|Sather Tower Photo by Bernt Rostad.|
Ivory towers are a beautiful sight, particularly against a backdrop of a cloudless sky.
Sather Tower, known to most as the Campanile, is perhaps UC Berkeley’s
most famous symbol. It was completed in 1915. Visible for miles, it stands 307 feet tall and is
the third tallest bell and clock-tower in the world. The observation
platform, located 200 feet up, provides visitors with a spectacular view
of the entire Bay Area and of the campus.
With such a majestic structure with such grand history, could there possibly be mischief afoot?
We think there is.
From the 19th century, the ivory tower has been used to designate a world or atmosphere where intellectuals engage in pursuits that are not aligned with the practical concerns of everyday life. In fact, living in the “ivory tower” is perceived as having willfully [and almost entirely] disconnected from the everyday world.
Bottom line is that you don’t want to hear your people ever use the word ivory tower in the same sentence with your name, referring to your leadership style.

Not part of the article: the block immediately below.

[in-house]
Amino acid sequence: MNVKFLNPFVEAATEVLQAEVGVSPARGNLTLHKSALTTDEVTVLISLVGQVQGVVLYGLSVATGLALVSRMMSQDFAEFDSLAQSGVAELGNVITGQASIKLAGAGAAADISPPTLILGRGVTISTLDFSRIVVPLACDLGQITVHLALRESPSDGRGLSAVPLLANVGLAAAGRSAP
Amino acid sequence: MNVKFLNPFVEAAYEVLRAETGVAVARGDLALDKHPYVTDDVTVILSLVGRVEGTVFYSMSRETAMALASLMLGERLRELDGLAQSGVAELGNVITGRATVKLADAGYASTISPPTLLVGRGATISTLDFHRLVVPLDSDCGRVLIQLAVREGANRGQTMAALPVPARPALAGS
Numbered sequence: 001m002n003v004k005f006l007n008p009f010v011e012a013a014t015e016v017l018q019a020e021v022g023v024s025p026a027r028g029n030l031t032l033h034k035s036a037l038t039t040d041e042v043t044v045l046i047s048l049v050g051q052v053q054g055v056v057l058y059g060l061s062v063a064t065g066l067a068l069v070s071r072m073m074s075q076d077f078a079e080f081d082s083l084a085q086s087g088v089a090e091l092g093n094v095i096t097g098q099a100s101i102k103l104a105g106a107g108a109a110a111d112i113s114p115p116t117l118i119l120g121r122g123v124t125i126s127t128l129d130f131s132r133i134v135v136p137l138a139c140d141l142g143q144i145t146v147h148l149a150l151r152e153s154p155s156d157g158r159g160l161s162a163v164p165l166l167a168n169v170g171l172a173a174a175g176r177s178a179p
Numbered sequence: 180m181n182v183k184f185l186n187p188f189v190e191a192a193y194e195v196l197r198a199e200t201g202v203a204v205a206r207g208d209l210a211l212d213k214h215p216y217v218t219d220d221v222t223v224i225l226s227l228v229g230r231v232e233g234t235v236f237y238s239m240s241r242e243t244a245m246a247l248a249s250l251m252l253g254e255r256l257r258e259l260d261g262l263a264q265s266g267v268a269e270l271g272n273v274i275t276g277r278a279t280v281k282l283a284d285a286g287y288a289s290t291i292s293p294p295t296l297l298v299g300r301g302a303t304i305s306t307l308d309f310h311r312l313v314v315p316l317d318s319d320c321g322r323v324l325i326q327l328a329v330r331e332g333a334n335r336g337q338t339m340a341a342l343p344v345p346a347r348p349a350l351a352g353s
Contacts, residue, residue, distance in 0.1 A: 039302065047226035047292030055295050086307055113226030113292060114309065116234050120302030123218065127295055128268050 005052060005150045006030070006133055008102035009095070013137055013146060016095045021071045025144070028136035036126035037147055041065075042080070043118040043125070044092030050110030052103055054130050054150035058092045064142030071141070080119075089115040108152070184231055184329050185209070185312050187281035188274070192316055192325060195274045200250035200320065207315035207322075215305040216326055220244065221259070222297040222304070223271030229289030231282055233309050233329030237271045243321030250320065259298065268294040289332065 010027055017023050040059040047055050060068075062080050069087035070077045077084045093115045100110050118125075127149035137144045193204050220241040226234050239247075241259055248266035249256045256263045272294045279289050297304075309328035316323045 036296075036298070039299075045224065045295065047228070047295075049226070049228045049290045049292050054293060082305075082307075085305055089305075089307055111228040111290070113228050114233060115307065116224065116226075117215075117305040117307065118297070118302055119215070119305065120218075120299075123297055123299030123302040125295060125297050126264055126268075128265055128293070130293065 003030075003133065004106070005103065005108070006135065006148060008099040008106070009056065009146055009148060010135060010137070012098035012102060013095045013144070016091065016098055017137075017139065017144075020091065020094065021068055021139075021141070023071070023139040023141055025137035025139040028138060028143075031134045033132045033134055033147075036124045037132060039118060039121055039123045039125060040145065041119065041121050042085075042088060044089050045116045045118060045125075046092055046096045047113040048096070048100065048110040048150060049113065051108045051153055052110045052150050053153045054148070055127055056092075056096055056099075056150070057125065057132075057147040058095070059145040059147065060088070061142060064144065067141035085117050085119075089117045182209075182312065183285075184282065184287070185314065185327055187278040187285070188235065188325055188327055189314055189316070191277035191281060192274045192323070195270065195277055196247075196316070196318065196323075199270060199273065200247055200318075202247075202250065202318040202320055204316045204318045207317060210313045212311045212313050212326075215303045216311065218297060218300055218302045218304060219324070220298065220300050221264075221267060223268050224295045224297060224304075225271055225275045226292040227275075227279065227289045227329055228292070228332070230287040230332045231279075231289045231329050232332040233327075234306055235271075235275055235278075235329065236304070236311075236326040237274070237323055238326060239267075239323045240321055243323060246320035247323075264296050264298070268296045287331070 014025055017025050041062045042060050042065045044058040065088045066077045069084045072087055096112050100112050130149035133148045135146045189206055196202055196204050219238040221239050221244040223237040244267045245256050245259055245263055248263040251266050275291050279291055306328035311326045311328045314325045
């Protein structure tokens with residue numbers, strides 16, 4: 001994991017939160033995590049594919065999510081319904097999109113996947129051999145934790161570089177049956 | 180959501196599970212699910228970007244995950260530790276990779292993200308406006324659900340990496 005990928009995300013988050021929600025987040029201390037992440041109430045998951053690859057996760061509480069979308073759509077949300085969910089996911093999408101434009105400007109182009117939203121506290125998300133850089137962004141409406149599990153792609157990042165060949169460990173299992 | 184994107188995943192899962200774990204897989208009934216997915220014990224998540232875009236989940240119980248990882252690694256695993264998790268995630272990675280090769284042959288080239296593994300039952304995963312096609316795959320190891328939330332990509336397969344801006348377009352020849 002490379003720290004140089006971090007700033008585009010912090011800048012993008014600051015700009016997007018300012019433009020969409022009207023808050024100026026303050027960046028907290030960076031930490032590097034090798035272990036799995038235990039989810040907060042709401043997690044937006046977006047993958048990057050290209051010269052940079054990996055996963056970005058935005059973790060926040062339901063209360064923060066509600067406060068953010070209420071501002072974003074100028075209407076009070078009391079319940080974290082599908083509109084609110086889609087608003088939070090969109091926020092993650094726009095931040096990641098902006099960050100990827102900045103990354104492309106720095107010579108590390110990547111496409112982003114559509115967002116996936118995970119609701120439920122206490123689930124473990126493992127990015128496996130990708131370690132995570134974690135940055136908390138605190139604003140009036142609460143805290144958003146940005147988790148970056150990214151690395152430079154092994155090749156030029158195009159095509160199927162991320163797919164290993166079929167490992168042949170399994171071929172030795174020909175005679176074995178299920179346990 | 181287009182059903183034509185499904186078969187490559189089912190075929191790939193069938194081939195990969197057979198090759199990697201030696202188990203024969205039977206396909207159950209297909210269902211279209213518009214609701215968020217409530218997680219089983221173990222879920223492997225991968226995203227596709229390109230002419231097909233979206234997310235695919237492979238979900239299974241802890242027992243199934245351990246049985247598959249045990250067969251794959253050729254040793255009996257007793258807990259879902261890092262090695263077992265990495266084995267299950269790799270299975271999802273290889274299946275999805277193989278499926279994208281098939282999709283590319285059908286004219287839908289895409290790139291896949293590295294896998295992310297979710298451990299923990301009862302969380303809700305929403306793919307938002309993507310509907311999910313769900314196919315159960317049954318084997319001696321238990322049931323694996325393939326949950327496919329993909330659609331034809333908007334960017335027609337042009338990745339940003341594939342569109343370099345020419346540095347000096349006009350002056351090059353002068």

From a practical perspective, here’s what ivory tower leadership would look like.
You would be running the company from inside the safety of this
beautiful tower. There isn’t much room for other people to be with you, not even your inner circle. Perhaps just your right hand person, but only to visit from time to time.
You might position your desk near
the windows at the top, thinking that the view would keep you connected to what is going on around you. But no matter what direction you chose to face, some portion of your view would be obstructed.
And certainly your perspective would be skewed. You are not seeing what everyone else is seeing.
Without going to the observation platform, you can’t see what is going on around you. And without going down to ground level, you can’t see what is happening there. If you face north, you miss what happens in the south and if you face east, you miss the beauty of the sunset. Oh and if you are using your rose colored glasses even on the observation tower, that is TOTAL mischief, and not the good kind.
Towers are a great place to visit when you are visiting a city or a university, but they are not ideal for visioning, planning or leading teams or efforts.
Get LOTS of different perspectives, including from the top of the tower. Listen to perspectives that you are not exposed to. Stay connected.
And stay tuned for more mischief. MK will be back from down under soon.